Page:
When HaT began production there was still a relative shortage of Napoleonic figures. Several companies produced them, but they all tended to produce the same sets, French and British infantry, French cuirassiers etc. From their very first set, HaT declared that they would be filling many of the gaps, not least being the almost non-existence of any Austrian figures at the time. This set of Austrian cuirassiers were the first Austrian cavalry to be made in the hobby, and long overdue as a result. The cuirassiers have always been a favourite for Napoleonic cavalry, and the Austrian Empire had many such regiments which saw service in many battles such as Austerlitz, so this was a useful and quite spectacular beginning.
This set follows the standard HaT formula for cavalry of four mounted poses and two horse poses. All four of the troopers have their sword drawn and three are waving it in various directions, but all are facing straight ahead, so they give the impression of a charge rather than engaged in mounted combat. There is nothing wrong with this of course, and many modellers would probably want a collection of charging figures if only a few poses were on offer, so all the poses are reasonably realistic and good choices. The two horse poses are also fairly classic HaT choices, and again both are moving forward rapidly, apparently at the gallop and the trot.
The men are pretty accurate, with each having just the front cuirass plate which Austrian cuirassiers wore throughout the Napoleonic Wars. Details of the coat, breeches and boots all look fine, and all the men have been given the 1798 crested leather helmet also issued to the infantry. They are not the later higher examples of this, so these men date from 1798 to roughly 1809. One issue however is none have a canteen or haversack, which was usually worn on the left hip. Each man does have a carbine to which a peg is also correctly attached. Only having four poses means there are no officers, trumpeters or other special roles, which is a pity as they had variations in the standard uniform.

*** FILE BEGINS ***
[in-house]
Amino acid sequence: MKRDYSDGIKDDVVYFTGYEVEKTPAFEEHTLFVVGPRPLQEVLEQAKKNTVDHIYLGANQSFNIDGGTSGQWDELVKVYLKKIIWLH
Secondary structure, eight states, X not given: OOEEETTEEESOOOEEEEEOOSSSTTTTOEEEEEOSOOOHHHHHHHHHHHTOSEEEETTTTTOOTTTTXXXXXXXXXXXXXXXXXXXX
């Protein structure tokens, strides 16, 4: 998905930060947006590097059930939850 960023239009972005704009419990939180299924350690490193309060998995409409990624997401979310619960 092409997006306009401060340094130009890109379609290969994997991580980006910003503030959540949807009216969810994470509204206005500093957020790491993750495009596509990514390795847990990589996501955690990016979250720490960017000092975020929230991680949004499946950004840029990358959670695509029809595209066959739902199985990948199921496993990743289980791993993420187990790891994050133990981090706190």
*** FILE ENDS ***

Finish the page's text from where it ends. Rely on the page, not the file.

The horses are both correct in what they have, with the correct shape shabraque and valise, plus the pistol holsters on the front of the saddle. They also have the sheepskin which covered the saddle, but lack any other bags into which spare items were generally put.
There is not too much flash on the figures, and the riders sit well on the horses. The general appearance of both man and horse is good, and there is a lot of nicely done fine detail to enjoy here, with very nice moustachioed faces on the men. In common with many early HaT sets the scabbards tend to hug the side of the men's leg, but we can have no major complaints about the sculpting here.
At the time this set was made the hobby had yet to enter its golden age, and the fact that someone was making Austrians at all was a major cause for celebration. Sets like this from HaT did much to spark that growth, and should be fondly viewed even now. With the benefit of hindsight it would have been nice to see some more poses, and particularly some officers, trumpeters etc., especially as no one else ever covered this subject, but what there is is nicely done and with only minor accuracy issues, so this remains a good start for any Austrian Napoleonic army.